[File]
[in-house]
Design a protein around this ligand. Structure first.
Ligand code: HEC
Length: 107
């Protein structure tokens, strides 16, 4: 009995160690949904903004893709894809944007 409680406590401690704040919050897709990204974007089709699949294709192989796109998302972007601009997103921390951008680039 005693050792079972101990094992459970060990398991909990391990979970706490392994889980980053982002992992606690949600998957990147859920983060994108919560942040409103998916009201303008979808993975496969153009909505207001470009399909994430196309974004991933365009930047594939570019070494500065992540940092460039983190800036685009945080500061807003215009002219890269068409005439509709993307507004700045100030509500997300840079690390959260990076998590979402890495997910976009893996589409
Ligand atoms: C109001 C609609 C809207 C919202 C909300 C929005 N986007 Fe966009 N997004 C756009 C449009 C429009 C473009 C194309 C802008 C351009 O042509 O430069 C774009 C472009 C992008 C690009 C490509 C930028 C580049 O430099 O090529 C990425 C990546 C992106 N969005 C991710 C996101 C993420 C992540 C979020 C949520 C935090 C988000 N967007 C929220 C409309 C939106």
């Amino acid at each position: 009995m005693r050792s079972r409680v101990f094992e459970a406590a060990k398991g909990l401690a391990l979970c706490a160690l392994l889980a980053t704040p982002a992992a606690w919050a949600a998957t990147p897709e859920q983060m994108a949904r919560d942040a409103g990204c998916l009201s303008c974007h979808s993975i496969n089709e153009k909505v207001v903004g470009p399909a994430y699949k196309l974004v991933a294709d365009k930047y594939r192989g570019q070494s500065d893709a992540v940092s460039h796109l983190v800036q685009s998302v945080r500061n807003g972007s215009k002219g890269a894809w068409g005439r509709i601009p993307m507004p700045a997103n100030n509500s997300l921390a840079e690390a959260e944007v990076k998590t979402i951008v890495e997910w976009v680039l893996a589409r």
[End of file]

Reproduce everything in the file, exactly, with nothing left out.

[in-house]
Design a protein around this ligand. Structure first.
Ligand code: HEC
Length: 107
């Protein structure tokens, strides 16, 4: 009995160690949904903004893709894809944007 409680406590401690704040919050897709990204974007089709699949294709192989796109998302972007601009997103921390951008680039 005693050792079972101990094992459970060990398991909990391990979970706490392994889980980053982002992992606690949600998957990147859920983060994108919560942040409103998916009201303008979808993975496969153009909505207001470009399909994430196309974004991933365009930047594939570019070494500065992540940092460039983190800036685009945080500061807003215009002219890269068409005439509709993307507004700045100030509500997300840079690390959260990076998590979402890495997910976009893996589409
Ligand atoms: C109001 C609609 C809207 C919202 C909300 C929005 N986007 Fe966009 N997004 C756009 C449009 C429009 C473009 C194309 C802008 C351009 O042509 O430069 C774009 C472009 C992008 C690009 C490509 C930028 C580049 O430099 O090529 C990425 C990546 C992106 N969005 C991710 C996101 C993420 C992540 C979020 C949520 C935090 C988000 N967007 C929220 C409309 C939106």
């Amino acid at each position: 009995m005693r050792s079972r409680v101990f094992e459970a406590a060990k398991g909990l401690a391990l979970c706490a160690l392994l889980a980053t704040p982002a992992a606690w919050a949600a998957t990147p897709e859920q983060m994108a949904r919560d942040a409103g990204c998916l009201s303008c974007h979808s993975i496969n089709e153009k909505v207001v903004g470009p399909a994430y699949k196309l974004v991933a294709d365009k930047y594939r192989g570019q070494s500065d893709a992540v940092s460039h796109l983190v800036q685009s998302v945080r500061n807003g972007s215009k002219g890269a894809w068409g005439r509709i601009p993307m507004p700045a997103n100030n509500s997300l921390a840079e690390a959260e944007v990076k998590t979402i951008v890495e997910w976009v680039l893996a589409r």